Wednesday, November 09, 2011
THE METRIC SEASON
My daughter and I were walking in the forest in early November. Hamilton, Ontario, just below the Niagara Escarpment. Light was filtered amber through the yellow leaves. The way it reflects bright off snow, it reflected from the leaves fallen on the forest floor. We were walking through a woods suffused by golden light, a continuous late afternoon honeying, as if walking through a leaf itself, some kind of Magic School Bus science trip.
If I believed in heaven, I said, it wouldn’t be the bright green technicolour spring of the Christian right. it wouldn’t be Webern’s boundless, directionless, infinite twelve-tone heaven. It would be this fall. The end of an age. Elves leaving. The mortal forest. The peat smell. No gaudy bursting of flower buds or impetuous birds. This lager-coloured light in a shuffling forest.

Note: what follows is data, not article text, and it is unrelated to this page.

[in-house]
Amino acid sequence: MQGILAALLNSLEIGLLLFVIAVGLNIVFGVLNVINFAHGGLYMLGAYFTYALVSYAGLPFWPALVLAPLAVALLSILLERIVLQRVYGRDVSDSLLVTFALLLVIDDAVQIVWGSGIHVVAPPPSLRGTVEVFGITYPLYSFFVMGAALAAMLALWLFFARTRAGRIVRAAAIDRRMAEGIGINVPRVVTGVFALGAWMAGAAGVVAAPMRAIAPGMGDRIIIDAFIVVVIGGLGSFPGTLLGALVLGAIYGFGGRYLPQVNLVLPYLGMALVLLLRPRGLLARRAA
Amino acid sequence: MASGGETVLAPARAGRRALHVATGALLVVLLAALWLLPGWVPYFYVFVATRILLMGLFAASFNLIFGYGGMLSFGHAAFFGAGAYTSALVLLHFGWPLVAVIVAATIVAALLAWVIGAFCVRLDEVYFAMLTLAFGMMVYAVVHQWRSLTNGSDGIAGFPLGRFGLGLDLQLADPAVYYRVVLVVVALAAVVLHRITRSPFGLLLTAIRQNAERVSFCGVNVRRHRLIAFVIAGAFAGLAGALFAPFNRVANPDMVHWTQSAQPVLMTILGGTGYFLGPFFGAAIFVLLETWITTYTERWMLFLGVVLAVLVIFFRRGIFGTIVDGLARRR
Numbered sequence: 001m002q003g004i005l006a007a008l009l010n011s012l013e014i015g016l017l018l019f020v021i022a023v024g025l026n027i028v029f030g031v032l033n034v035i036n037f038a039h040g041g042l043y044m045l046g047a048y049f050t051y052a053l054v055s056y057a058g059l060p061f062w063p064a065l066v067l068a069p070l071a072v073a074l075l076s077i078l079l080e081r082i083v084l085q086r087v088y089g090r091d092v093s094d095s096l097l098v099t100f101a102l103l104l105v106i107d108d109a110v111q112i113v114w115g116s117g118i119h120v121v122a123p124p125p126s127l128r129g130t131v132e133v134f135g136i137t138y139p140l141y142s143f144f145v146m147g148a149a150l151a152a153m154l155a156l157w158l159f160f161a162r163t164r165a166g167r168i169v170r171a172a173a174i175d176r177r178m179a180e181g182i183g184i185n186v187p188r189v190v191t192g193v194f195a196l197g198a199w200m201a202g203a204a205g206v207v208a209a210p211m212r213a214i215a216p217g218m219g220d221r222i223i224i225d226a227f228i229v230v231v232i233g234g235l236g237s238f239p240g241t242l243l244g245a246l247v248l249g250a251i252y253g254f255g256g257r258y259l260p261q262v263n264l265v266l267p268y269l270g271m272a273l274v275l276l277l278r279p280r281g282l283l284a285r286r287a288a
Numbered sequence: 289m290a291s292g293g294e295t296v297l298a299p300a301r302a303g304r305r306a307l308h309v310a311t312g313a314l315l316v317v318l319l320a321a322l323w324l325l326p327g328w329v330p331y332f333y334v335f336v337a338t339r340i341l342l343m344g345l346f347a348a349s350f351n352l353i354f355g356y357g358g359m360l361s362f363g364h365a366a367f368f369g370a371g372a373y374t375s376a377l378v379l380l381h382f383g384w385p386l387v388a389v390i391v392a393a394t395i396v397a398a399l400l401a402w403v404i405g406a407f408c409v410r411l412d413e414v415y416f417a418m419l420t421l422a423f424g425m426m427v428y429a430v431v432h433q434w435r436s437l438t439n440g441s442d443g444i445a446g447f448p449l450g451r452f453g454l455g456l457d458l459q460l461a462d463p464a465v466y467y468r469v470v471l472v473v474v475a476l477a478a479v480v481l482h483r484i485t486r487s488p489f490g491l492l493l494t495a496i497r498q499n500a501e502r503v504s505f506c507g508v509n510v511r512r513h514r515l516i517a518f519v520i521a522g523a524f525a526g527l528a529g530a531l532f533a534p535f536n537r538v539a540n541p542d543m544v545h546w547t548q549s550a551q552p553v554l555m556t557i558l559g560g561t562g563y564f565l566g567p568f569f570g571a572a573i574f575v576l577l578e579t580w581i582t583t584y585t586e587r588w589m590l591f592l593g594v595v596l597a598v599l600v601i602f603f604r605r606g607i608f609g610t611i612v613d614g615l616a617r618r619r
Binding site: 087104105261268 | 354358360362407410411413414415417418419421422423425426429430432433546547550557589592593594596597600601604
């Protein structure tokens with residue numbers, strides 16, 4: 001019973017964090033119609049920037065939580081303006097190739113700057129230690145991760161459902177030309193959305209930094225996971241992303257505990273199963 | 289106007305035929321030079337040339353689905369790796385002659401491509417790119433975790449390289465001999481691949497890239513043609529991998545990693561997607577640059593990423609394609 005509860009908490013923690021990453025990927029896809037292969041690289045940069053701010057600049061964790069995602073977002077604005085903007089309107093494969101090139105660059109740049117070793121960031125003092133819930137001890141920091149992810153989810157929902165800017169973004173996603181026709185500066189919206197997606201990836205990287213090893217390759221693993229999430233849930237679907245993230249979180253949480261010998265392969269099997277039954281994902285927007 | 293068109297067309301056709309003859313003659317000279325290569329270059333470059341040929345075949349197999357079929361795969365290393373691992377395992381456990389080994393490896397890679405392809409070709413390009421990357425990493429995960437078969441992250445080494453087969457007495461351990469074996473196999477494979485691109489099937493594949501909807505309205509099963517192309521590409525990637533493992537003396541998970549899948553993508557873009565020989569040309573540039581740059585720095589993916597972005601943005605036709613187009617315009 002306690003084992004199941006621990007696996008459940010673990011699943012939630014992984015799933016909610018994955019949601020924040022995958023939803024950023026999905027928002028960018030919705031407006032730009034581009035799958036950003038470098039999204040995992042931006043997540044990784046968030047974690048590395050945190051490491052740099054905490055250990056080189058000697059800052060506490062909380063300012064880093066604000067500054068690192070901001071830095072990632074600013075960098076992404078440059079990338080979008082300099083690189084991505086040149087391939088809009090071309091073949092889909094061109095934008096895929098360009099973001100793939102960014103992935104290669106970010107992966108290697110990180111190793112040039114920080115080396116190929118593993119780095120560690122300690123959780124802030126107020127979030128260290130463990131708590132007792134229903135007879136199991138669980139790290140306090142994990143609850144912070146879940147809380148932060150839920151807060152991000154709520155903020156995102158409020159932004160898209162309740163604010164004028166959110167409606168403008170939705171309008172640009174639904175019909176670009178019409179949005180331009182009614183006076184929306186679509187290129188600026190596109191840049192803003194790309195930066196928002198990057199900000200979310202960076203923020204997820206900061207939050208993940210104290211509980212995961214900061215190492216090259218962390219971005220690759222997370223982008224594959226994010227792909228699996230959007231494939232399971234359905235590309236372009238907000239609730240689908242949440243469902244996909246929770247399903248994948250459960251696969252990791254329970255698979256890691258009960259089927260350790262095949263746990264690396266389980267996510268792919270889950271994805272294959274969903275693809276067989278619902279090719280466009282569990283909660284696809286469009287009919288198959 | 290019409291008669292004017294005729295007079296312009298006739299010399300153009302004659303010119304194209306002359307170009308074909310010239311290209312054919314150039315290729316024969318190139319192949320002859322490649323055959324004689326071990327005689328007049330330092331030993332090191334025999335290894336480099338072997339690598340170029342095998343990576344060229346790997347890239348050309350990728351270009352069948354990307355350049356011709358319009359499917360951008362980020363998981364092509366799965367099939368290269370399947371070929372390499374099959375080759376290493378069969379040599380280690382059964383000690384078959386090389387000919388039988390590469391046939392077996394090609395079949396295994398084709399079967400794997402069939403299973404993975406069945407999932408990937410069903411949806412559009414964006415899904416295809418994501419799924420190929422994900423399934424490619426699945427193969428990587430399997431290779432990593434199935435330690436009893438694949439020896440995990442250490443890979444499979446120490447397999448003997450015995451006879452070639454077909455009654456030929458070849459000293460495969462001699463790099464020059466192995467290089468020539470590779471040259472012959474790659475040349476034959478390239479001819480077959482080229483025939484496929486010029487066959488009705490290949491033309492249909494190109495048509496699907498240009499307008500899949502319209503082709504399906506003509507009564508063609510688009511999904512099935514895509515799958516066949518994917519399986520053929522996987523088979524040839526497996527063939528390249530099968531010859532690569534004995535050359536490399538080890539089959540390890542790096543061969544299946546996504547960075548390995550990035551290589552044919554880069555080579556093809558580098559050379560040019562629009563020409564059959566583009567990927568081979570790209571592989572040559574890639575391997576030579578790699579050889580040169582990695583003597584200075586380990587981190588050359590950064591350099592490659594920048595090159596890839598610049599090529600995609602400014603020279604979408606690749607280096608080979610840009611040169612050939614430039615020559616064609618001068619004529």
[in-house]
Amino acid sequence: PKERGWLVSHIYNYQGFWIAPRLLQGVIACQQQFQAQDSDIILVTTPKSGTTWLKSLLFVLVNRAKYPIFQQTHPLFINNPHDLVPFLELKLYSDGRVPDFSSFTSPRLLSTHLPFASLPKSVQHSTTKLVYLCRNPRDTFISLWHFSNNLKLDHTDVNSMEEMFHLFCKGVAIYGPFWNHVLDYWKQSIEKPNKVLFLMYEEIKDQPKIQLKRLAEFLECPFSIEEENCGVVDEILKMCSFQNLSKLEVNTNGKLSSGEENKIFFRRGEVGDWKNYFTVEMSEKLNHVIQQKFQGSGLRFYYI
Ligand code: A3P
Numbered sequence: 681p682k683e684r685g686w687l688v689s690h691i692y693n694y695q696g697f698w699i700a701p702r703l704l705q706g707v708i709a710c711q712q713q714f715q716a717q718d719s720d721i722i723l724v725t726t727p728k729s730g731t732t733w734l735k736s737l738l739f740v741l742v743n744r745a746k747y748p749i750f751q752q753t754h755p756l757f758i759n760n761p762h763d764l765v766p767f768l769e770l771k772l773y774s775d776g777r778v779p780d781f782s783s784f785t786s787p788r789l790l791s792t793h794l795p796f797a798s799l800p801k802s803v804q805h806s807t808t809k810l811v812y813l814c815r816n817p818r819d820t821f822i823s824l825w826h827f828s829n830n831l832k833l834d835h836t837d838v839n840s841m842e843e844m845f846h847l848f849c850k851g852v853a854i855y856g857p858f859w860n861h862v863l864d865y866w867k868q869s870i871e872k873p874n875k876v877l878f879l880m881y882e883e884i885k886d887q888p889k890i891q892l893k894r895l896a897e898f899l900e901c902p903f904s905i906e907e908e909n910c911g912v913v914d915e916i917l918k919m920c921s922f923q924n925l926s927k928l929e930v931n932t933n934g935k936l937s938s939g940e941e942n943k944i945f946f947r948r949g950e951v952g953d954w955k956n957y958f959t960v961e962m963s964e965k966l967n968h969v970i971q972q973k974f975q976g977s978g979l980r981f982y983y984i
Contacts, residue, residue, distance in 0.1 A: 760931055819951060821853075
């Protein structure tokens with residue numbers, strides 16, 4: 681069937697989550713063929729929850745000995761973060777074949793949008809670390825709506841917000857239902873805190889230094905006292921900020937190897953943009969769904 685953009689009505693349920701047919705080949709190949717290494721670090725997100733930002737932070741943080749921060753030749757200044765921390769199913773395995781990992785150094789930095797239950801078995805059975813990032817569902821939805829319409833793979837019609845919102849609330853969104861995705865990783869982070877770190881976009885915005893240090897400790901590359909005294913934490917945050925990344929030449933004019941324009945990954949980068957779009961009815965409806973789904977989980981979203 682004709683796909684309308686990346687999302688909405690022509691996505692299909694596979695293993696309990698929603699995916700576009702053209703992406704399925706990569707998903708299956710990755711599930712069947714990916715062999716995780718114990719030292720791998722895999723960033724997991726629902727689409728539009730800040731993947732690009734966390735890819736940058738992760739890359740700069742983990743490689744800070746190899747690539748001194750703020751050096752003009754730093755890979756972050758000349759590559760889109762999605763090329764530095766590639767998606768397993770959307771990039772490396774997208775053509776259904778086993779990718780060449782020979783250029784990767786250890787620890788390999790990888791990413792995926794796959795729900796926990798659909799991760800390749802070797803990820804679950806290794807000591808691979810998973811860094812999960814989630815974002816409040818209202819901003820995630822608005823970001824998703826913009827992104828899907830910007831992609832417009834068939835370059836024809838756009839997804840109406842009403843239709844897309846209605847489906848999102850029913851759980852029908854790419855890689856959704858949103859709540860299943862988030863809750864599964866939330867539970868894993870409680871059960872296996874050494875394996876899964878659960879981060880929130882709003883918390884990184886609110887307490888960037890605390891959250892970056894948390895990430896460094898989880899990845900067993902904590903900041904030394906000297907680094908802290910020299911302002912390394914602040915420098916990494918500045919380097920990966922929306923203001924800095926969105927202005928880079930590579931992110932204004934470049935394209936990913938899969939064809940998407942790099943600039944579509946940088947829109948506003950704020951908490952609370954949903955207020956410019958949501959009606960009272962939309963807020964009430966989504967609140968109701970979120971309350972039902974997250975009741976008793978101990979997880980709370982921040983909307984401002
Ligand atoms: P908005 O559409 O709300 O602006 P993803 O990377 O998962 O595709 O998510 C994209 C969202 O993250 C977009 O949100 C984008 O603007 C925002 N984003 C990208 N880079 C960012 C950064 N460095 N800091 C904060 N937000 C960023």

I don’t understand those who don’t like all the seasons, my daughter said.
Then we wondered about borders. Where are the borders of colours, when does red become orange, and when does grey darken into blue?
Other places, there are only two seasons. Rainy and dry. And why four? What about the metric system. Maybe there should be five.
We could invent another season, try to find its source in our memory, associations, hopes.
What would we call it? When would it be?
A before-fall, an after-spring. A season of in-between days.
Perhaps it is there already like a silent letter, inexpressible and unspoken. A subtext between father and daughter. The dry season between drops of rain.